When its just a typical british day, that is, cloudy but dry then the entire system is buggered.
Solar panels could generate power at night and during inclement weather by harvesting energy from raindrops, research finds. The panels are built from highly-conductive graphene. In the presence of water, the material binds positively charged ions with its electrons. It is difficult to mass produce. Key to the operation of …
Oh it would've done well enough this year. I'm old enough (nearly half a century) to be used to the British weather but I am getting sick and tired of the rain now. I don't think we've had a week since October when there wasn't significant rain on at least one day or overnight. Almost all our local golf courses have been partially closed in the last few months and normally there's only one that suffers and that was built half on a flood plain.
Certainly I've seen examples of titanium dioxide nano-particles being used for self-cleaning ( in sunlight)
I've got self cleaning glass in a dormer that would otherwise require the window cleaner to have scaffolding or a cherry picker. It works - but slowly, and needs both sun and rain. The TiO + sun encourages the contaminants to oxidise and unstick, the rain then washes them off. Fine for small things, but large bird droppings(*) can take 3 months or so to disappear, and during long dry spells(**) everything just sits there slowly turning grey.
(*) Parenthesise as you will.
(**) I'm in East Anglia, we get them(***).
(***) Although not this winter.
"All-weather solar cells are promising in solving the energy crisis"
Come on - what exactly is the energy density of impure rainwater? Pretty low I'd expect.
Furthermore: if it's the chemical energy which is useful, there seems no particular reason to combine it with expensive solar cells. You can just collect it in a barrel and have a separate system for extracting the energy.
Nope - not cost-effective. Apologies, but I can't find the relevant bit from the xkcd site, but Randall Munroe looked at this idea (which many, many people think of at some point in their lives) and IIRC fount that it'd take decades if not centuries to recoup the costof installation.
Right, I'm off (out) tolunch...
Esme "...decades if not centuries to recoup the cost..."
Actually, it's common for 'Green' projects to require MULTIPLES OF INFINITY to achieve breakeven of either fiscal or embodied resources. In other words, a 'Green' system might require FOREVER to earn back just A FRACTION of its cost.
The concept of 'multiples of infinity' payback for 'Green' investments is both hilarious and massively tragic.
Innumeracy is a much bigger issue than the 'deniers'. The airheads in the Environmental movement do far more harm than the daft but mostly-harmless skeptics.
The solar PV panels on my roof have significantly reduced my carbon footprint in the year since they were installed. some of the energy produced goes into charing my Hybrid Car. So for short journeys (< 20 miles round trip) I run totally on battery. No petrol consumed. I've not had to fill up since March 17th.
The rest is fed back into the grid for which I do get paid.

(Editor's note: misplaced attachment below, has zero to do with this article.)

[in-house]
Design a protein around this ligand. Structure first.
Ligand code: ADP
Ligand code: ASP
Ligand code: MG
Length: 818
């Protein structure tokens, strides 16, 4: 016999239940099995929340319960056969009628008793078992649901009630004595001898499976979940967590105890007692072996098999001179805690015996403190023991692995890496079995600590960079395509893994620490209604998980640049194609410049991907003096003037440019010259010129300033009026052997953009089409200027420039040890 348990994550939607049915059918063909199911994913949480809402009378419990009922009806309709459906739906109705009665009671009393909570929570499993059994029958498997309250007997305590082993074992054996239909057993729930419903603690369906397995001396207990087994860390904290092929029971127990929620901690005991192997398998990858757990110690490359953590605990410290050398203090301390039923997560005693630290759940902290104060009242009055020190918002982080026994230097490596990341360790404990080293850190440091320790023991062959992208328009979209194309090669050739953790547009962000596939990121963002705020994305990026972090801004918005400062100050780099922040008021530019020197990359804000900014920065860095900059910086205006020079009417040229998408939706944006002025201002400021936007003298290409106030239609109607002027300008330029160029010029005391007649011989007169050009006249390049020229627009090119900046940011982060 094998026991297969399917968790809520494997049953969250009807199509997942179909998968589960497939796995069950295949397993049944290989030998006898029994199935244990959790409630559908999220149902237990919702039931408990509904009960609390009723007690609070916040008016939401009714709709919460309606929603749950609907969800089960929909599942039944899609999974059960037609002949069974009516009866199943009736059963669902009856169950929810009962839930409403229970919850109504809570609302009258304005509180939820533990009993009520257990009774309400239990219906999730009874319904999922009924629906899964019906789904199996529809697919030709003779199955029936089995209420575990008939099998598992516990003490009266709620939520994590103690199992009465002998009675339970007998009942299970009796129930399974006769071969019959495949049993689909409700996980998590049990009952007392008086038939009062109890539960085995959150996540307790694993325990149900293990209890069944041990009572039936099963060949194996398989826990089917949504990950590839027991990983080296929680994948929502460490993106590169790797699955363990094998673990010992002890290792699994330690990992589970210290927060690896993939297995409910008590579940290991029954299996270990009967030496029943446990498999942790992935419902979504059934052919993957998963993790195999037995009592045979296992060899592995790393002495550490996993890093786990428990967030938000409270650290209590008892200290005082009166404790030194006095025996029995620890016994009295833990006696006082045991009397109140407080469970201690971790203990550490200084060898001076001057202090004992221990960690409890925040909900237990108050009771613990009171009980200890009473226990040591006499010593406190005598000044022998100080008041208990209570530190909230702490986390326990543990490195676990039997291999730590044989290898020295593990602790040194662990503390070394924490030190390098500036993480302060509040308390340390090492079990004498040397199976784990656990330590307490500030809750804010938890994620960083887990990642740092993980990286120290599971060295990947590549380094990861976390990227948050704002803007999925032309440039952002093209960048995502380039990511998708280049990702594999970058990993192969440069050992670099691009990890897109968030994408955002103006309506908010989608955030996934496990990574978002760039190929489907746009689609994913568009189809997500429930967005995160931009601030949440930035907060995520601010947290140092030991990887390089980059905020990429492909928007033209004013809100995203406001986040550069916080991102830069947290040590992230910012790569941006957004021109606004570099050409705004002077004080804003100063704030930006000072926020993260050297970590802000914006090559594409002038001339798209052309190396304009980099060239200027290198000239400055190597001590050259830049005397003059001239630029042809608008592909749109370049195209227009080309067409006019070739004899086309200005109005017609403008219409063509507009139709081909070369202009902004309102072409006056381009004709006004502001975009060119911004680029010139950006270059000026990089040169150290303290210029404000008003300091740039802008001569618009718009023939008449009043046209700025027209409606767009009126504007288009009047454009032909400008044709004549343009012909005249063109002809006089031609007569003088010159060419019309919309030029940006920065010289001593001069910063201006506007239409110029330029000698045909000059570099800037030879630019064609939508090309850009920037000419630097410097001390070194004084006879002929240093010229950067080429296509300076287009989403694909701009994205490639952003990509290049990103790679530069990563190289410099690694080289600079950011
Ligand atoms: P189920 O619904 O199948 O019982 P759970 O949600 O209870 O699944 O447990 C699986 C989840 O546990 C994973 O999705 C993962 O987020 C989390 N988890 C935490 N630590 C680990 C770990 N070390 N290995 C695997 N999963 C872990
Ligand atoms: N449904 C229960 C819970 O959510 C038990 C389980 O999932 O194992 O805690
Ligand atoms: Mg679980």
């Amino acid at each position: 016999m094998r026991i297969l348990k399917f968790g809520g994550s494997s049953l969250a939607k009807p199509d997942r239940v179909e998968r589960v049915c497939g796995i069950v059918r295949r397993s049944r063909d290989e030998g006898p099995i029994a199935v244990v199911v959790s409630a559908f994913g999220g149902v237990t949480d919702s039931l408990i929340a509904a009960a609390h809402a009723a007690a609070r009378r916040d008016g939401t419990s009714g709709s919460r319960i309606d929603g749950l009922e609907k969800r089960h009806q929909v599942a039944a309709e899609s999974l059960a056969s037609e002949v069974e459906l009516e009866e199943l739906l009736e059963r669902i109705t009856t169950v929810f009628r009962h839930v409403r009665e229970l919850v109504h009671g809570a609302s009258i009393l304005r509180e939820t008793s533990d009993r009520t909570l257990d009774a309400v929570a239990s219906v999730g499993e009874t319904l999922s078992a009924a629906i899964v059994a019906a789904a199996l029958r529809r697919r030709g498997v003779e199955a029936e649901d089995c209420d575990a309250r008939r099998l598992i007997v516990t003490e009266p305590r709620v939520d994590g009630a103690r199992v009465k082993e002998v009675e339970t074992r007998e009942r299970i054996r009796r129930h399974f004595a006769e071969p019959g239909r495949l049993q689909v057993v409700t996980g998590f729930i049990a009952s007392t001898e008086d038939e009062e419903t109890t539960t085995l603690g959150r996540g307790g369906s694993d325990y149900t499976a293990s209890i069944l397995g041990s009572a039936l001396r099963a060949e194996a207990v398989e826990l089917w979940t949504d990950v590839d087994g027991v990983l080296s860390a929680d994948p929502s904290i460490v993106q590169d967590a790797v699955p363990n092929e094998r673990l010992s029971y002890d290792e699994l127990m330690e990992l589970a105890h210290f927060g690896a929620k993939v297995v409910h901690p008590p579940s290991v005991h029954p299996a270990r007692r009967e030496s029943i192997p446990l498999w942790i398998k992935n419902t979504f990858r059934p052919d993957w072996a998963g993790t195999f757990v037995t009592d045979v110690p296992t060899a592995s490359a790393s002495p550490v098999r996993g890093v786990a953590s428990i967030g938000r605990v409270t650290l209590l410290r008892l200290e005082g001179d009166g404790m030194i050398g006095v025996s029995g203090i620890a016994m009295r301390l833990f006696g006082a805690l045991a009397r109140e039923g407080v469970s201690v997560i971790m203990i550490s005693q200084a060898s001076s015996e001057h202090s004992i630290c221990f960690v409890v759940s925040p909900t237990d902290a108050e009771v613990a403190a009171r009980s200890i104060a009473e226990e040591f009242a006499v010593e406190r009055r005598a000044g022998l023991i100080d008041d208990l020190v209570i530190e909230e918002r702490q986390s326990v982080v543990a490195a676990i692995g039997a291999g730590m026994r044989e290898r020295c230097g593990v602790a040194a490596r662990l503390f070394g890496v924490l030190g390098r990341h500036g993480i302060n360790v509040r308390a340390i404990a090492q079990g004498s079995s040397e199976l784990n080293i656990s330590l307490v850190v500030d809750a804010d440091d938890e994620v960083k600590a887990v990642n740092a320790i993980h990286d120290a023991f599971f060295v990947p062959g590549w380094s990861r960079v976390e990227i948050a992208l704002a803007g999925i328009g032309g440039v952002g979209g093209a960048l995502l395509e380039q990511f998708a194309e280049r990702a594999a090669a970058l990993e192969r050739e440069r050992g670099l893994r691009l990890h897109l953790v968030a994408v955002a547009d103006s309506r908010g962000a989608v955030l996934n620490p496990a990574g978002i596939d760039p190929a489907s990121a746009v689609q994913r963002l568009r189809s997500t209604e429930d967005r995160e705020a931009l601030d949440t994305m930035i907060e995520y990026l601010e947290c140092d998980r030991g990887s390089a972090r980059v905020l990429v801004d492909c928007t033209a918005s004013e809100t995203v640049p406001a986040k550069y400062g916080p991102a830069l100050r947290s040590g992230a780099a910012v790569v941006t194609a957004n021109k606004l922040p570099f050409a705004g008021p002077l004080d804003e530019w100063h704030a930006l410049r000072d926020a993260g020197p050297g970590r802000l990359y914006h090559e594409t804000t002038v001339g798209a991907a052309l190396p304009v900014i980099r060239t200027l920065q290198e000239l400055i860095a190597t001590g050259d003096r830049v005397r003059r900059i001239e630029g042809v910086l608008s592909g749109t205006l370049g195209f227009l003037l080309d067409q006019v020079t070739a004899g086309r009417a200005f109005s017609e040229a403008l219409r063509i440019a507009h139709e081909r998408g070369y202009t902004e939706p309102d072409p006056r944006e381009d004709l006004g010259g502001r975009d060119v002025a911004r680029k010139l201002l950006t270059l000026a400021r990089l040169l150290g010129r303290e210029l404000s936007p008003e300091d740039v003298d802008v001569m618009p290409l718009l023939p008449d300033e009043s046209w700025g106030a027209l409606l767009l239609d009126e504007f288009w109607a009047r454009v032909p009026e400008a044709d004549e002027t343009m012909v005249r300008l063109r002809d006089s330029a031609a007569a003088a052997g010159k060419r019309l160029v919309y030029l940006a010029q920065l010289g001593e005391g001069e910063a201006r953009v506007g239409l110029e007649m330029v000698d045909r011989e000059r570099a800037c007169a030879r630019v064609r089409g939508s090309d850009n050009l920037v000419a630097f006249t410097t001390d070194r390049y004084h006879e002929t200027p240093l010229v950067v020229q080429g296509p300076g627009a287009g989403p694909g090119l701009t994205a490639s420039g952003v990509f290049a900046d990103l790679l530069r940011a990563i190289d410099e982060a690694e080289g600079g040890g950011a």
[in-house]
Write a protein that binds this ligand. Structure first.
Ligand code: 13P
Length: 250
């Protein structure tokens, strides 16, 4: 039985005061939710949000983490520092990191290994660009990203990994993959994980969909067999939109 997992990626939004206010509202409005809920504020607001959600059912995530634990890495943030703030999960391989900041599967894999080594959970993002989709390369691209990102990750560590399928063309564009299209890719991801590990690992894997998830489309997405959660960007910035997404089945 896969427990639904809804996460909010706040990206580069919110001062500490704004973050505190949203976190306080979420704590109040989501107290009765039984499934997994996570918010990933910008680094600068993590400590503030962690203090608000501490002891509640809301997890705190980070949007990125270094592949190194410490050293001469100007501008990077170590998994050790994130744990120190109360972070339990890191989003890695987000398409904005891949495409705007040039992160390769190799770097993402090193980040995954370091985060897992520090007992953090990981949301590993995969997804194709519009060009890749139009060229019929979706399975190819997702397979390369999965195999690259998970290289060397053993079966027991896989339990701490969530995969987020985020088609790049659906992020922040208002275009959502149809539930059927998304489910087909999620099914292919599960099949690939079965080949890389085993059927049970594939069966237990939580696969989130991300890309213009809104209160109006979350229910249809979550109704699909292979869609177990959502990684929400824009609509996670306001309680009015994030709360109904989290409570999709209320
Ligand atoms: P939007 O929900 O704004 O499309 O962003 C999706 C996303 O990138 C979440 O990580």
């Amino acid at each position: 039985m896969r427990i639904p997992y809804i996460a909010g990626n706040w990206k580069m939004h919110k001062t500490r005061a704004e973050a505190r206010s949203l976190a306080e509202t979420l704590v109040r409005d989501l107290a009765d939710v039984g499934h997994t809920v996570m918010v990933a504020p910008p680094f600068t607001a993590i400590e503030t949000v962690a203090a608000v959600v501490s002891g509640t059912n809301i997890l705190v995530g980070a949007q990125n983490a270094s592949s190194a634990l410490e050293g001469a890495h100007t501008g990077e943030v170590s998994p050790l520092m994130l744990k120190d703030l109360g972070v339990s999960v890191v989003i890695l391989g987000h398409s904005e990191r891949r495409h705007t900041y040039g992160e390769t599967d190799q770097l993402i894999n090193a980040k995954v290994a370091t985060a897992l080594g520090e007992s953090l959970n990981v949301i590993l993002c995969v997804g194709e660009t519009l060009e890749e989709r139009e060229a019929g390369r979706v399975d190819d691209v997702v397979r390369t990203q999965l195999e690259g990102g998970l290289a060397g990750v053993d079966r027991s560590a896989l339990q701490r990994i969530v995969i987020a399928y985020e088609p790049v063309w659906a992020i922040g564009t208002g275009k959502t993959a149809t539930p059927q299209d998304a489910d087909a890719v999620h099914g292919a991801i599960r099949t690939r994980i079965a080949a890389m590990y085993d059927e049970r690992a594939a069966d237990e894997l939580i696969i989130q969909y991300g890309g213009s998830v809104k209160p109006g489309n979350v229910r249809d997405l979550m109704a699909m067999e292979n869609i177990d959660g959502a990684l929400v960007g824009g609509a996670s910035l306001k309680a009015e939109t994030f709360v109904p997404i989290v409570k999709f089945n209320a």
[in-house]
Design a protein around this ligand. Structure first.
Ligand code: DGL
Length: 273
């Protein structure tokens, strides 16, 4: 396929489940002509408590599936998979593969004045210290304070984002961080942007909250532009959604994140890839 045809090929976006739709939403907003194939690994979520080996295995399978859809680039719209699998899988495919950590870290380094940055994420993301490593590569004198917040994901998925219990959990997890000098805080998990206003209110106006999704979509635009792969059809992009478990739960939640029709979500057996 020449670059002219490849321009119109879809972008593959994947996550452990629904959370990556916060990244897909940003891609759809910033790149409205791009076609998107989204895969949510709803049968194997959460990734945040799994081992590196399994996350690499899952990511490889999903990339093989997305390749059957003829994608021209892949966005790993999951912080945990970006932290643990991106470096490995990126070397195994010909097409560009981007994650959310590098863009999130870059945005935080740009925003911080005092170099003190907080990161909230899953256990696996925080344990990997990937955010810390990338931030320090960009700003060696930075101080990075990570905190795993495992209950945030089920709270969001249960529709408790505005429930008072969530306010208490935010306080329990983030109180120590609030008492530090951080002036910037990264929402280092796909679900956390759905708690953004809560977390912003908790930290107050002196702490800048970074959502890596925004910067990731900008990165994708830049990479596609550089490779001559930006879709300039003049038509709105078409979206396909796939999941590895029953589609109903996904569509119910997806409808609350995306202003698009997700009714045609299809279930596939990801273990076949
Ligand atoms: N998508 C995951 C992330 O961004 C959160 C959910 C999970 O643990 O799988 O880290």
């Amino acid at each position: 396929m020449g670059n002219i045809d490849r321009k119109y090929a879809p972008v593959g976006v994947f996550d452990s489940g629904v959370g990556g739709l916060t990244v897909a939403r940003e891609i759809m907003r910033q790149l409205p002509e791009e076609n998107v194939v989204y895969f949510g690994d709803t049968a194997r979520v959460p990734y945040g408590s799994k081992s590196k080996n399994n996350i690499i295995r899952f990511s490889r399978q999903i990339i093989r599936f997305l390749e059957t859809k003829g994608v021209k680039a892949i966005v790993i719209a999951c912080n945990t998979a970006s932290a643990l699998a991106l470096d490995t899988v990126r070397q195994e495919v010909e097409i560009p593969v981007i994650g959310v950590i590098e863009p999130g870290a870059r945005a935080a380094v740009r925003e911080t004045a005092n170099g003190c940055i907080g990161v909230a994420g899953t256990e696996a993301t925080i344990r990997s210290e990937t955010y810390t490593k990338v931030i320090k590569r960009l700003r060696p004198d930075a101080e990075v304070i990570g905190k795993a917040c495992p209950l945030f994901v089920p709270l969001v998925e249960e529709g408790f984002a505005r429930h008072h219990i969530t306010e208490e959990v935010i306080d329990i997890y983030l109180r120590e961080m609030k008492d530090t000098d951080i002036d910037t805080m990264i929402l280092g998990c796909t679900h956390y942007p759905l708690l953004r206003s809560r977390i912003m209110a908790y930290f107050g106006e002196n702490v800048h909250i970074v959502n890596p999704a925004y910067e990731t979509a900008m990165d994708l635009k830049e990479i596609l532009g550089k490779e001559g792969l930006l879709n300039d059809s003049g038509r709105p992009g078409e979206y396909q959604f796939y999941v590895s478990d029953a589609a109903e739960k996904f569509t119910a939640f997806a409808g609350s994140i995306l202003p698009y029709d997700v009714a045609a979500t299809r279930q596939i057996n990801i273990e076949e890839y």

I estimate that the ROCI for the panels is around 3 years at current usage (fuel costs and ££ income from feedingthe grid).
It's commendable if carbon footprint is your principle concern however the finances would be mine.
I would be interested to know if you factored in the additional cost of purchasing a plug in hybrid? At my last investigation there was a significant cost uplift in comparison to a straight forward hybrid or combustion model.
That's because everyone without solar panels is subsidising you.
That's partly because everyone without solar panels is subsidising you.
Anyway, money is a poor guide to sustainability. When you are doing anything that requires burning fossil fuel, where does global warming feature in your rate-of-return calculations? It's worse than saying that vandalism increases the country's GDP. (Which it does, if/when the damage is repaired). When the sea rises and swamps much of the World's most desirable farmland and real estate, the damage will be irreparable.
A better measure is EROEI (Energy return on Energy invested). Solar panels now score well, even using a 20-year life expectancy for panels which I suspect will be lasting a century or more once any 20-year design "bugs" have been ironed out of their design, and even if sited in a seriously sub-optimal climate such as the UK's. In the best locations for solar panels (sunny dry places) it now takes just over a year for a panel in an optimal location to generate enough energy to generate another panel from raw materials. That number is still improving quite rapidly. (To say nothing of the potential of perovskite panels replacing silicon ones. Watch that space).
The energy storage problem does urgently need a solution, though.
I'm all in favor of energy and recycling ideas that make economic sense. If something has a reasonable payback or (in the case of recycling) recycling a material is cheaper than making it new I'm all in favor of it. In fact there are some really interesting products, such as deck planking, that are made almost entirely from recycled material that otherwise would have just gone into a landfill.